How to Set English Classroom Rules

If you can create strong classroom rules and help students understand how following the rules actually benefits them, you’ll spend a lot less of your time having to enforce those rules.

Plus, the great thing about rules for the English classroom is that they can actually serve an extra purpose—supporting students’ English language skills.

Here’s how to accomplish all that, with ideas for good English classroom rules and four creative activities to get the most out of them.


Classroom Rules for a Good Learning Environment

The point of English classroom rules is to make sure that everyone gets the same, high-quality learning experience and gets the most out of their English education.

Here are some examples of classroom rules that’ll help your students succeed:

  • Use polite language when making a request in class. 
  • Always try to communicate in English before falling back to your native language.
  • All students need to participate in at least one activity per lesson.
  • Ask questions when you don’t understand.
  • Don’t interrupt.
  • Pay attention when the teacher or other students are talking.
  • No laughing at your classmates when they make a mistake.
  • No talking during tests.
  • No mobile phones during class.
  • No plagiarizing your written assignments.
  • Arrive on time.
  • No eating in class.
  • Keep the classroom clean and tidy.

The exact rules will look different for each classroom. Here are some possible adjustments:

  • If you’re teaching upper-intermediate or advanced English learners, you might want to go with an English-only classroom rule.
  • If it’s a conversational English class, a “don’t interrupt” rule might be less useful than something like “raise your hand when you have an interjection.”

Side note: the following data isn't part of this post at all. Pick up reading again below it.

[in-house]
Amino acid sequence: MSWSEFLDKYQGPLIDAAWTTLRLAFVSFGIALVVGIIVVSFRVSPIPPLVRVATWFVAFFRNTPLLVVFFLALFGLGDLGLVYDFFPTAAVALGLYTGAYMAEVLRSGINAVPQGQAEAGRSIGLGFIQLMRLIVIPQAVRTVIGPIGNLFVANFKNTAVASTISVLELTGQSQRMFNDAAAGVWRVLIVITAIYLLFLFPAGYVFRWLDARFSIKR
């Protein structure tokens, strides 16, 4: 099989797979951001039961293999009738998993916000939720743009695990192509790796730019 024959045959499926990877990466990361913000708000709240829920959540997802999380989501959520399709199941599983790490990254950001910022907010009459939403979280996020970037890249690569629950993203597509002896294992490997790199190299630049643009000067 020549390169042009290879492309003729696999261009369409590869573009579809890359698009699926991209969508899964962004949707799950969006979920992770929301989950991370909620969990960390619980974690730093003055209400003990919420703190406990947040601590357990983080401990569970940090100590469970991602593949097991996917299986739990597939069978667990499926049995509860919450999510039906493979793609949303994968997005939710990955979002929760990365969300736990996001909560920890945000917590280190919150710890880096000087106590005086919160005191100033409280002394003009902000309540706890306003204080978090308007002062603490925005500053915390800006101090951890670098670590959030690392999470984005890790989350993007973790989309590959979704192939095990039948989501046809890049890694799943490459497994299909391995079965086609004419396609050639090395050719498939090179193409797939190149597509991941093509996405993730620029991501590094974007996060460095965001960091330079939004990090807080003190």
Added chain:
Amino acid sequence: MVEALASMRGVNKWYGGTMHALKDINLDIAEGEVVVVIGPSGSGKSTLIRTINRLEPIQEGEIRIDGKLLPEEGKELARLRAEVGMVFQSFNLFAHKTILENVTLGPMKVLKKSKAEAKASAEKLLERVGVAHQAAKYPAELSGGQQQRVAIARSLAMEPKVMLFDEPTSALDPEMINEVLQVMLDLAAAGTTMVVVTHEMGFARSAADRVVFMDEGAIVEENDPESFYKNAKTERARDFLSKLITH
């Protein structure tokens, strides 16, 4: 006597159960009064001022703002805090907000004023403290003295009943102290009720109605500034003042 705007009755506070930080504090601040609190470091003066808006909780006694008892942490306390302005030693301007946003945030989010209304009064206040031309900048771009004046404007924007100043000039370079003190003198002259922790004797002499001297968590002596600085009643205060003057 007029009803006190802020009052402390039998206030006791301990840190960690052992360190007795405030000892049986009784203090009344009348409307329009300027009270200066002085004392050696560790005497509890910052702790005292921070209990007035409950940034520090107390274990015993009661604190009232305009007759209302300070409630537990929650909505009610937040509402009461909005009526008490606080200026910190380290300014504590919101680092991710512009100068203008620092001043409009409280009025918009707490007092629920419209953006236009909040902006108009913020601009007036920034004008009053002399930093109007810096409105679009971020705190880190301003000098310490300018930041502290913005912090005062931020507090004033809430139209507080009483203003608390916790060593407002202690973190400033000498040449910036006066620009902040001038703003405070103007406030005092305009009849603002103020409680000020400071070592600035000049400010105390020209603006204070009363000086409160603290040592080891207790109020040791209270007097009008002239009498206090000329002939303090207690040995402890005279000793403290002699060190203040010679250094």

• Some students might be using their mobile phones to look up words or translations and it’s up to you whether you accept that or prefer that they don’t. 

While you’re deciding on the rules, keep your students’ needs and expectations in mind.

Ultimately, the rules for your English classroom should be designed to create a positive learning environment where students are encouraged to practice English and can make mistakes without being ridiculed.

4 Ways to Get the Most Out of the Classroom Rules

Creating your classroom rules is only the first step. If you really want them to be effective, students need to know the rules inside and out—and understand why they’re there.

Let’s look at some ways you can accomplish that.

1. Classroom Rules Posters

Hanging up a poster of the classroom rules is a great idea for a variety of reasons.

For starters, you can easily make this a classroom activity by having students work together in groups to create their own posters displaying the rules.

This will give your students the opportunity to familiarize themselves with the rules, as well as practice their writing skills as they write out each rule on the blank poster. Making a poster is an especially excellent exercise for students who learn visually or through hands-on activities.

If you have time, you can even throw in a speaking activity by having your students explain why each rule on their poster is important. Once you hang the posters on the wall, you can help your students memorize the rules by repeating them together at the start of every class.

If you’re looking for ideas or a theme for your classroom rules poster, the British Council offers the following poster templates on their website:

You can download the templates at the bottom of the page. They come in two versions: completed, where the rules are already filled in, and blank. If you’re going to make the poster as an in-class activity, you should download the blank version.

2. Class Contracts

A written contract doesn’t just cover the rules of the classroom, but also outlines the commitments that students and the teacher are expected to follow. That way, both parties have a good understanding of what they should expect out of each other.